How to reduce heat-related deaths from climate change
A team from Colombia University has estimated the worst-case scenario for heat-related deaths by 2080 in the Big Apple, but also identified solutions to prevent them.
Scientists have identified ways to prevent heat-related deaths in New York, which models estimate will rise steeply alongside average summer temperatures in the next 60 years.
A team of scientists from Columbia University generated 33 different models that took into account around 100 years of temperature, population, and mortality data, as well as climate projections. The potential scenarios varied wildly in predictions of the number of heat-related deaths in the Big Apple each year by 2080: anywhere from 167 to 3,331. (For comparison, there were an average of 638 heat-related deaths per year between 2000 and 2006.)
The purpose of the report, however, was not to prophesy doom-and-gloom, but rather to show just how many lives can be saved by adopting preventative measures. And the researchers' recommendations could be applied to other cities as well.
“We know climate change is creating more days of extreme heat, putting more people at risk for death in the coming decades,” first author Elisaveta P. Petkova, project director at the National Center for Disaster Preparedness at Columbia’s Earth Institute, said in a press release. “Our study shows that many of these deaths can be averted by limiting greenhouse gas emissions and pursuing measures to help people adapt to high temperatures.”
The number one mitigating factor in avoiding heat-related deaths is curbing climate change as much as possible, according to the scientists.
According to a New York City Panel on Climate Change (NPCC) report, “middle range of projections” suggest temperatures will rise between 5.3 degrees Fahrenheit and 8.8 degrees by the 2080s. It predicts that the number of 90-100 degree days days will triple by the 2080s.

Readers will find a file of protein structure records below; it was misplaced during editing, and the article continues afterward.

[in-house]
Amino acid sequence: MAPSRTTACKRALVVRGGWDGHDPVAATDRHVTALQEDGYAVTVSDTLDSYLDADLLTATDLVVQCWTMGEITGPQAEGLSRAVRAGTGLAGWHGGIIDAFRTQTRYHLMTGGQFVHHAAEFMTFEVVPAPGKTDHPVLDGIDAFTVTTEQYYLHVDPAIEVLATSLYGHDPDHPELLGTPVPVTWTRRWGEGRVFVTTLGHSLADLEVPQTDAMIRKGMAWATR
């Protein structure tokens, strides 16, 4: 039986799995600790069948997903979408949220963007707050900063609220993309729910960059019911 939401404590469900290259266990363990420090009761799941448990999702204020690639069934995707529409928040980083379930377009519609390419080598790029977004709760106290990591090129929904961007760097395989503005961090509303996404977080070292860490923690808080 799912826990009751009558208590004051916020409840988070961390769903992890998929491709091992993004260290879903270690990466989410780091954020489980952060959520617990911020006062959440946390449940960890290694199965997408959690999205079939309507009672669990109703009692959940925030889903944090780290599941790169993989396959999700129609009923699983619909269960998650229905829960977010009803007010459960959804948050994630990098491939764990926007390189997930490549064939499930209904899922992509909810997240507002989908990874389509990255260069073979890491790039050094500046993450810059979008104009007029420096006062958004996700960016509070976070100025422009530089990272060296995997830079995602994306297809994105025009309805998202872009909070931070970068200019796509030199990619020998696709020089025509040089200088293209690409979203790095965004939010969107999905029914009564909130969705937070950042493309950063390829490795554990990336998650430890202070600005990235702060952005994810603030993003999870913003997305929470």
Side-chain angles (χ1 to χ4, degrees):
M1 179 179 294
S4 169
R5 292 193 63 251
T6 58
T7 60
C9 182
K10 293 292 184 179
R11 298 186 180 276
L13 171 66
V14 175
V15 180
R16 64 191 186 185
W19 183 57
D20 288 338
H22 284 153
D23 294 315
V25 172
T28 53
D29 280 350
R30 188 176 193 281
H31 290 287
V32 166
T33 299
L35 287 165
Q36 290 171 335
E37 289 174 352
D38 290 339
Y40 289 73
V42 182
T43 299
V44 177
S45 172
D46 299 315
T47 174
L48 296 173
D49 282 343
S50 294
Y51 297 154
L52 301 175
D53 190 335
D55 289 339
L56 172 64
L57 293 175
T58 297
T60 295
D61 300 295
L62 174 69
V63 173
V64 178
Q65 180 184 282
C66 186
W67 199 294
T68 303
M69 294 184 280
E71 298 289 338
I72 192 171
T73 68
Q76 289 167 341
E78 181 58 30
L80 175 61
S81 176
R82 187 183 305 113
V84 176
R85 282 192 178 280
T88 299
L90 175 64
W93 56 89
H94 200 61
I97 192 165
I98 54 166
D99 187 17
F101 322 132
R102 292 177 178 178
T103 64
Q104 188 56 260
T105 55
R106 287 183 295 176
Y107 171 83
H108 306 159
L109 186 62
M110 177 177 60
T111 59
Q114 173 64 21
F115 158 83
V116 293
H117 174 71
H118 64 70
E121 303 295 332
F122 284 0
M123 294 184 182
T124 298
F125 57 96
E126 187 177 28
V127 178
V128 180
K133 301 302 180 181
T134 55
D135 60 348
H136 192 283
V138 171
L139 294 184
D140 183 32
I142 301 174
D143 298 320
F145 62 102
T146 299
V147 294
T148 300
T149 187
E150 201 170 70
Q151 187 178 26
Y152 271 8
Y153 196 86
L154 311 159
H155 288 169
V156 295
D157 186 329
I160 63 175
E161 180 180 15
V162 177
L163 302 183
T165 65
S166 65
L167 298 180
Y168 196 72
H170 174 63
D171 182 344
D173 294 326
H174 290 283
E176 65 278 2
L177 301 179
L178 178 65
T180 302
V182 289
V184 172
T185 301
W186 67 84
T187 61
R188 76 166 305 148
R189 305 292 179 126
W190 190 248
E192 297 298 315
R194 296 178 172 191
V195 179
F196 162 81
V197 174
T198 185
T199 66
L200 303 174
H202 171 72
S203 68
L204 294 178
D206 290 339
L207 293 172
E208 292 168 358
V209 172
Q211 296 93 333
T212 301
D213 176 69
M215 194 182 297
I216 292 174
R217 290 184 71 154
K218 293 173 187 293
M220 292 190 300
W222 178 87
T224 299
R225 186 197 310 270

“This model may be useful to advocates and policymakers as they pursue efforts to prevent the worst effects of climate change,” senior author Patrick Kinney, director of the Climate and Health Program and professor of Environmental Health Sciences at Columbia’s Mailman School of Public Health, said in the release.
The widespread installation of air conditioning has been credited with a reduction in heat-related deaths between 1970 and 2000. The cost of purchasing and running air conditioners, however, can be prohibitive for some urban residents. The researchers suggest that heat warning systems and public cooling centers could help to alleviate some of that strain.
Measures to mitigate the so-called urban heat island effect could also help reduce the number of heat-related deaths, the researchers say. Cities tend to bear the brunt of heat waves, as built up areas have less vegetation to absorb heat energy given off by the sun. New York has already taken some steps to reduce the heat island effect, such as installing reflective roofing and planting trees. These practices are already common in Southern cities accustomed to high temperatures, but could be a useful strategy for urban planners in more northern climes.